I hope you'll come back tomorrow and see what new poem I've found. Until then, you may want to read previous poems in this series. I'm also sharing these found poems as images on my Instagram in case you want to see them all in one place. 
April 1 - Flotsam
April 2 - A Warm Wind
April 3 - Zentangle Poem
April 4 - Soap Bubbles
April 6 - Mount St. Helens
April 8 - Muir in California
April 9 - Night on the Reef
April 12 - Slow Thoughts

Tuesday, April 13, 2021

NPM 2021 - Found Poem 13

Today's poem comes from Snowflake Bentley, written by Jacqueline Briggs Martin and illustrated by Mary Azarian.

Snowflake Bentley

a boy loved snow
more than anything
found intricate patterns
more beautiful than imagined

to share what he had seen
learned to cut away 
 dark parts of the negative
waited hours for the right crystal
never found two alike

universal hexagonal shape
infinite designs

Poem ©Tricia Stohr-Hunt, 2021. All rights reserved.

I hope you'll come back tomorrow and see what new poem I've found. Until then, you may want to read previous poems in this series. I'm also sharing these found poems as images on my Instagram in case you want to see them all in one place. 
April 1 - Flotsam
April 2 - A Warm Wind
April 3 - Zentangle Poem
April 4 - Soap Bubbles
April 6 - Mount St. Helens
April 8 - Muir in California
April 9 - Night on the Reef
April 12 - Slow Thoughts

Monday, April 12, 2021

NPM 2021 - Found Poem 12

Today's poem comes from p. 8, 12, 14, 16, 30, 41, 50, 144, 161, 163, and 168 of The Slowest Book Ever, written by April Pullley Sayre and illustrated by Kelly Murphy.


Slow Thoughts

count to one thousand
 ponder a lifetime
  imagine transforming
   experience time in slow motion

the entire world can be amazing
 open fields
  feathers
   the sky
    a handful of soil
     animals on Earth
      millions of people

the universe is a great mystery
 impossibly big
don't worry 
if you do not understand
that we are seeing the past
when we see the light of stars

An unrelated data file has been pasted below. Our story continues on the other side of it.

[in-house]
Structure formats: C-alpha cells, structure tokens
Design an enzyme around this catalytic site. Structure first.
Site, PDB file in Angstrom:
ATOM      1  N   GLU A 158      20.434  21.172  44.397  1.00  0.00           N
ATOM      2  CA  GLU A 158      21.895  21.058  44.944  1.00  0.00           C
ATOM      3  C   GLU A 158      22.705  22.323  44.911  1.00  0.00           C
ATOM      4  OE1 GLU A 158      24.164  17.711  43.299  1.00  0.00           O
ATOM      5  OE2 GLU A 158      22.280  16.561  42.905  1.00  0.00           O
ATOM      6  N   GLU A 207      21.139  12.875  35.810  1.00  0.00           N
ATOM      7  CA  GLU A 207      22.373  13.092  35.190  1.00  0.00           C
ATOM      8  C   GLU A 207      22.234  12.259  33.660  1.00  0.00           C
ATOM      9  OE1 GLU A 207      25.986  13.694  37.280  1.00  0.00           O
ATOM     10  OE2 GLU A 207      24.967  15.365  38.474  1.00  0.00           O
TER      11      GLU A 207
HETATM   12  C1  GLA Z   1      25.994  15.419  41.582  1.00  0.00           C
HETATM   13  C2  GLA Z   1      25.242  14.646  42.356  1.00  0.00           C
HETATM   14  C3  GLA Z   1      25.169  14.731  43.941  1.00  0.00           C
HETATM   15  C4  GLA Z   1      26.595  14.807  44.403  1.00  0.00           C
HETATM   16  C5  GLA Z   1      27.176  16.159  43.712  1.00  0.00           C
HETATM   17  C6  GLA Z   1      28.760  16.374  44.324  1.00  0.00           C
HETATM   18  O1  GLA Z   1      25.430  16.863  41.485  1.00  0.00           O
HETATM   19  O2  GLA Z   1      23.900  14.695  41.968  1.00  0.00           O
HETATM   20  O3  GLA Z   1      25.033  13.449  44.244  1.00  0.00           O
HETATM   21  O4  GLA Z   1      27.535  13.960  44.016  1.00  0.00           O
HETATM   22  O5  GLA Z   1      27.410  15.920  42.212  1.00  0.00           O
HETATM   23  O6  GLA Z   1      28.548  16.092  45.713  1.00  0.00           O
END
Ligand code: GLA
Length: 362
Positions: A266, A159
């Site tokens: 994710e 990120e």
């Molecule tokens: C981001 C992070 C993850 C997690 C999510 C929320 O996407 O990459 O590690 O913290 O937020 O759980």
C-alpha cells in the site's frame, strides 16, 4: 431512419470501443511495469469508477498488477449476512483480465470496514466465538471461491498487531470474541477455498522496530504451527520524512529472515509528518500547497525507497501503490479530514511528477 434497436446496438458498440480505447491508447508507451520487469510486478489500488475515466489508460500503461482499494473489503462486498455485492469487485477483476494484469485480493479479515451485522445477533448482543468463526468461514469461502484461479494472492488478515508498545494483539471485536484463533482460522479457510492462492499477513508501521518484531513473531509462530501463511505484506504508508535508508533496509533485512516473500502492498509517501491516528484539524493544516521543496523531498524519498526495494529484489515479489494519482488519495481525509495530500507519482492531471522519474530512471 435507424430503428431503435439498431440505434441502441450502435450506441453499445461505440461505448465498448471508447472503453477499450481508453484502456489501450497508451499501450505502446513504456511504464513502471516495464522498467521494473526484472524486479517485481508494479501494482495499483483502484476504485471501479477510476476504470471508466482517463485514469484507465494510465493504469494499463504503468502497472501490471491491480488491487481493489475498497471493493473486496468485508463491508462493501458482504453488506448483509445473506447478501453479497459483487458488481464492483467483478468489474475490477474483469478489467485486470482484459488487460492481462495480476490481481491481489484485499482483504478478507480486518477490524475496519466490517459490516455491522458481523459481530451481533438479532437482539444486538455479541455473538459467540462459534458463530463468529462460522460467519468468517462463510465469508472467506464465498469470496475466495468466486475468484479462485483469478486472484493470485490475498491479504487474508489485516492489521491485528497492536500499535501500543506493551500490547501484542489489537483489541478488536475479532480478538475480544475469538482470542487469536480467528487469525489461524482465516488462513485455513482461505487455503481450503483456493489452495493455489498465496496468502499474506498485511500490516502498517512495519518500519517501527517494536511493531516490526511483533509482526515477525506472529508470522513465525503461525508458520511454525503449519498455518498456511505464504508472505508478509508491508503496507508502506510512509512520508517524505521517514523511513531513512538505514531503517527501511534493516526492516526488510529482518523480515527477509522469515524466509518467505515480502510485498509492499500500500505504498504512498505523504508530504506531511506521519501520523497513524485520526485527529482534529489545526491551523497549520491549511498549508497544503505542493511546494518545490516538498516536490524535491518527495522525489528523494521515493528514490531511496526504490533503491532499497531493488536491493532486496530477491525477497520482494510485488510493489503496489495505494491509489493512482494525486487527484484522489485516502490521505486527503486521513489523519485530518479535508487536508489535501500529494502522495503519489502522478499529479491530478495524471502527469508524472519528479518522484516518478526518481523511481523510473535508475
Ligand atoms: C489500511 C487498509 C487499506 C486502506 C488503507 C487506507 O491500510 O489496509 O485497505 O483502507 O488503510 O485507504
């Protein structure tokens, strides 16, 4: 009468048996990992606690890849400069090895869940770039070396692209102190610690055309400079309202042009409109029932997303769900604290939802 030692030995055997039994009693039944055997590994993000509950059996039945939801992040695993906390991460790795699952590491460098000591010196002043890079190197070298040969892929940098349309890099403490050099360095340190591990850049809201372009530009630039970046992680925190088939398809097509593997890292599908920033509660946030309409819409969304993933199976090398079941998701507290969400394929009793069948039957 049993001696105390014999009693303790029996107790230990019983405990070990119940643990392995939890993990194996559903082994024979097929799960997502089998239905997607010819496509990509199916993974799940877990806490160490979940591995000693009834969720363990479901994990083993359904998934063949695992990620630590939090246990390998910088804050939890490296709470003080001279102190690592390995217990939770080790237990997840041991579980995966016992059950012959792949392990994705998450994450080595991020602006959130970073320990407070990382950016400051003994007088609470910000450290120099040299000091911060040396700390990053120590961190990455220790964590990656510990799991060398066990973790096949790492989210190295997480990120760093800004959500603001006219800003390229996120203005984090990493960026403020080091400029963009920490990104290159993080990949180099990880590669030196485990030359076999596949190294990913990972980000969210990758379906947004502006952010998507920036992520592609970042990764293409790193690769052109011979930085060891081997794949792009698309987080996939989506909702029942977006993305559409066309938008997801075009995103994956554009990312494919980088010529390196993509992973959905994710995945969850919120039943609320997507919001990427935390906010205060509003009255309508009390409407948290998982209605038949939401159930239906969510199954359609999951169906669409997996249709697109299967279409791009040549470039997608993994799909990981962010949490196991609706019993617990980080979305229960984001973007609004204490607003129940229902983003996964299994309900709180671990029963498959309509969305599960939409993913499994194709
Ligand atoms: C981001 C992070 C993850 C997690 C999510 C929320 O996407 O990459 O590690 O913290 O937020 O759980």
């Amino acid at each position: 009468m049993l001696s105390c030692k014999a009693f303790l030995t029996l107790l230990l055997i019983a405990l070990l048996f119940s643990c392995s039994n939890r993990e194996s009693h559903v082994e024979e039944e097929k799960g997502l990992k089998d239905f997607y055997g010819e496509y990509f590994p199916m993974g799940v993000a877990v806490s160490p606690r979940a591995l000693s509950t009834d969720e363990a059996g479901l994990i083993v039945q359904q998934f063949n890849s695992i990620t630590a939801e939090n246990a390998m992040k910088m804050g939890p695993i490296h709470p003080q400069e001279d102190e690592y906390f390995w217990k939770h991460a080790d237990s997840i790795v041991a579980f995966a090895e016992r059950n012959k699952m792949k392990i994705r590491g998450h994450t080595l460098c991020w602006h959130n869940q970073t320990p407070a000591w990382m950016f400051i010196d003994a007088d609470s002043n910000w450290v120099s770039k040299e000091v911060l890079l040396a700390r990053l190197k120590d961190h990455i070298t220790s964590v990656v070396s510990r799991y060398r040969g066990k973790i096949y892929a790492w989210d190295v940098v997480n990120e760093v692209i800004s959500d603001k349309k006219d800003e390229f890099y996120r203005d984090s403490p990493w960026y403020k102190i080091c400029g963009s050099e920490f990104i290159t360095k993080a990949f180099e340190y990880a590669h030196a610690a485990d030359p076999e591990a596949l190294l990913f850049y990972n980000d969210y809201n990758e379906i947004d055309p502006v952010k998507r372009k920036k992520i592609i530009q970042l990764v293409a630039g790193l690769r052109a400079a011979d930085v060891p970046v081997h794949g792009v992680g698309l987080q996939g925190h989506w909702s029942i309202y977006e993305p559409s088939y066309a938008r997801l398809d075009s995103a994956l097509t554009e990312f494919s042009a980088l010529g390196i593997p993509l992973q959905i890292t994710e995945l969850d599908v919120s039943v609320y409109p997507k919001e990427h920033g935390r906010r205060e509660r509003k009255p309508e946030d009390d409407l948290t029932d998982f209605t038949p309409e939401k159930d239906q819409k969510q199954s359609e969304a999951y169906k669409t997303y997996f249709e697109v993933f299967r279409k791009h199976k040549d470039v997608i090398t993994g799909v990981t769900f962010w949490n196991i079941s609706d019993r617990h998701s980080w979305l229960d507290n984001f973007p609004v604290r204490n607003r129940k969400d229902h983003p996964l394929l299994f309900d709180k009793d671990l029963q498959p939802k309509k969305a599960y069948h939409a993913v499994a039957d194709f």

Poem ©Tricia Stohr-Hunt, 2021. All rights reserved.

I hope you'll come back tomorrow and see what new poem I've found. Until then, you may want to read previous poems in this series. I'm also sharing these found poems as images on my Instagram in case you want to see them all in one place. 
April 1 - Flotsam
April 2 - A Warm Wind
April 3 - Zentangle Poem
April 4 - Soap Bubbles
April 6 - Mount St. Helens
April 8 - Muir in California
April 9 - Night on the Reef

Sunday, April 11, 2021

NPM 2021 - Found Poem 11

Today's poem comes from p. 24-25 of The Dirt on Dirt, written by Paulette Bourgeois and illustrated by Martha Newbigging.


Archaeologists Look for Clues

mounds of dirt
can be signs of
places 
long covered over

begin digging
in a grid
of numbered squares

trowels and brushes 
remove topsoil
each strata reveals 
secrets
from a different time

keep digging!
piece together bits
of potsherds
remake bowls and cups
put our past together

a puzzle
with pieces missing

Poem ©Tricia Stohr-Hunt, 2021. All rights reserved.

I hope you'll come back tomorrow and see what new poem I've found. Until then, you may want to read previous poems in this series. I'm also sharing these found poems as images on my Instagram in case you want to see them all in one place. 
April 1 - Flotsam
April 2 - A Warm Wind
April 3 - Zentangle Poem
April 4 - Soap Bubbles
April 6 - Mount St. Helens
April 8 - Muir in California
April 9 - Night on the Reef

Saturday, April 10, 2021

NPM 2021 - Found Poem 10

Today's poem comes from p. 15, 80-81, 99, and 160 of Astrophysics for Young People in a Hurry, written by Neil deGrasse Tyson with Gregory Mone.

The Greatest Story Ever Told

big bang
gravity working to bring
   everything together
expanding universe working to 
   spread everything out
galaxies
stars
planets 
people
   matter all

big bang
forged one-of-a-kind
elements
unbelievably strange
yet atoms and particles
that make our bodies
are spread across the universe
   making us one
   and the same

Poem ©Tricia Stohr-Hunt, 2021. All rights reserved.